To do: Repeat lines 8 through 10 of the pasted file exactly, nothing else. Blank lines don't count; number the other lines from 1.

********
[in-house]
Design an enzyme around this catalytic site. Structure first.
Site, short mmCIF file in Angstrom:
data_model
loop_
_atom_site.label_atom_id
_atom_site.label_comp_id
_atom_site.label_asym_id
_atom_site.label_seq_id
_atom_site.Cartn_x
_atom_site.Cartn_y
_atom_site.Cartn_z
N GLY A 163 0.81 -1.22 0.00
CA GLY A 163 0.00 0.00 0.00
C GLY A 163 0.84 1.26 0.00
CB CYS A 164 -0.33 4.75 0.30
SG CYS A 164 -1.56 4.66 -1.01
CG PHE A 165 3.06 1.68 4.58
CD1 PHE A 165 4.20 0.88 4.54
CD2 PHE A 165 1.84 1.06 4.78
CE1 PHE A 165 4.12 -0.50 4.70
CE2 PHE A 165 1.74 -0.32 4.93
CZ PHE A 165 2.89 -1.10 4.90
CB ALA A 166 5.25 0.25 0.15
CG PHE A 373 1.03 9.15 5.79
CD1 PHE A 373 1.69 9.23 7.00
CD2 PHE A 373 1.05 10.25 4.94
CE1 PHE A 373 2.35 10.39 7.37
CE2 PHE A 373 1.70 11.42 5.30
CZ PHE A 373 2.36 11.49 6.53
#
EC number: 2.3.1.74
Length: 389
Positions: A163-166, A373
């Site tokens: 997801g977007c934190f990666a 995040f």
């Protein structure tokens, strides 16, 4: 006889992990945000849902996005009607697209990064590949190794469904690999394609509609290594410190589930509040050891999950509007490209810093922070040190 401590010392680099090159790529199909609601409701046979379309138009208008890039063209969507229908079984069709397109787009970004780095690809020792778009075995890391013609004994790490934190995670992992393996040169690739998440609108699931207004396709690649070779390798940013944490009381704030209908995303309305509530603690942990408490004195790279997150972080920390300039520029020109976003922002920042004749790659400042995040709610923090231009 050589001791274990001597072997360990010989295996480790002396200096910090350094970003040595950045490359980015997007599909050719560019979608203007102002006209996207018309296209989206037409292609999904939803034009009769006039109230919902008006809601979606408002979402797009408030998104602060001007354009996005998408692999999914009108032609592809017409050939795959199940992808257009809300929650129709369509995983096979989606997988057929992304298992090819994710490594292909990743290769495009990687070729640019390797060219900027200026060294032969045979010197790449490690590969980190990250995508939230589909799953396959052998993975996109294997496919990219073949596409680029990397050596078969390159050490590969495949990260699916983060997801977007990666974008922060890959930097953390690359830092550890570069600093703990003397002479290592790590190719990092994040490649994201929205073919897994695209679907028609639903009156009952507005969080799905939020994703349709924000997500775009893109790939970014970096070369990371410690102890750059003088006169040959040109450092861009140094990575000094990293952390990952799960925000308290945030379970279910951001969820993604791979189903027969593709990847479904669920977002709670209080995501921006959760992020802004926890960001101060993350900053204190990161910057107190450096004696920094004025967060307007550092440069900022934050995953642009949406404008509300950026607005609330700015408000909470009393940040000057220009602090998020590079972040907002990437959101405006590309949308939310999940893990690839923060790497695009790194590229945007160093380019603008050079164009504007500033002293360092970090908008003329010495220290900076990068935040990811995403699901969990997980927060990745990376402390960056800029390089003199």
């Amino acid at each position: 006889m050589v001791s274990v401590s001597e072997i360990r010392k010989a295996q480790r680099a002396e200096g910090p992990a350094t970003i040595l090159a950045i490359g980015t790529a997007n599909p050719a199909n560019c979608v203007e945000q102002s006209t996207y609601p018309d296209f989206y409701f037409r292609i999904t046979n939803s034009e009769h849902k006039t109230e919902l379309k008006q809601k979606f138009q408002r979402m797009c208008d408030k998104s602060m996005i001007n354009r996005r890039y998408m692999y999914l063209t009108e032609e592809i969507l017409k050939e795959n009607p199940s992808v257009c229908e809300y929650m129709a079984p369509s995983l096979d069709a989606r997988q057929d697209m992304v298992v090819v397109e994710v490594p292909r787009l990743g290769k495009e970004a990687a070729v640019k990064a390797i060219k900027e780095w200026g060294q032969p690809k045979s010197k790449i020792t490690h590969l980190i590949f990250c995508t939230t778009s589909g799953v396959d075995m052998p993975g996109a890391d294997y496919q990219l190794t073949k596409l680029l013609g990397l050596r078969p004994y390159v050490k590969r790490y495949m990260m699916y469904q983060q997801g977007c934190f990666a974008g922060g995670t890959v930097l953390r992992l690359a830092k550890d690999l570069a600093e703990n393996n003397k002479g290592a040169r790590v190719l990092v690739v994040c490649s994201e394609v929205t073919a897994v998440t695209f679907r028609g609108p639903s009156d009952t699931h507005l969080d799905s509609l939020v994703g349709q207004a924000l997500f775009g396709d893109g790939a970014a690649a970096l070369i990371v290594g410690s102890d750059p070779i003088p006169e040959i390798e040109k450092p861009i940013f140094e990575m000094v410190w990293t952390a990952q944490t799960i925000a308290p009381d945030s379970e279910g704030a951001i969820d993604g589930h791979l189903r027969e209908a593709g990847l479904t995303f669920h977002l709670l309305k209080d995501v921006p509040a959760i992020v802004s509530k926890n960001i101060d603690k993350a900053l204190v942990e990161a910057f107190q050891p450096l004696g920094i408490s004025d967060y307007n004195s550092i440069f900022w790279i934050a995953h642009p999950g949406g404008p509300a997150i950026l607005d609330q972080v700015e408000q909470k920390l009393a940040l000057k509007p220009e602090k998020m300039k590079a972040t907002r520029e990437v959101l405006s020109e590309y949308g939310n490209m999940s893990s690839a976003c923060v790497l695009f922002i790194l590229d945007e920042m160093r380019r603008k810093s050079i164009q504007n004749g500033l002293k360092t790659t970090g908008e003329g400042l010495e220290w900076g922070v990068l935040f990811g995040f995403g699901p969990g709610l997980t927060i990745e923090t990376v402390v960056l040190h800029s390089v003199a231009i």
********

_atom_site.label_asym_id
_atom_site.label_seq_id
_atom_site.Cartn_x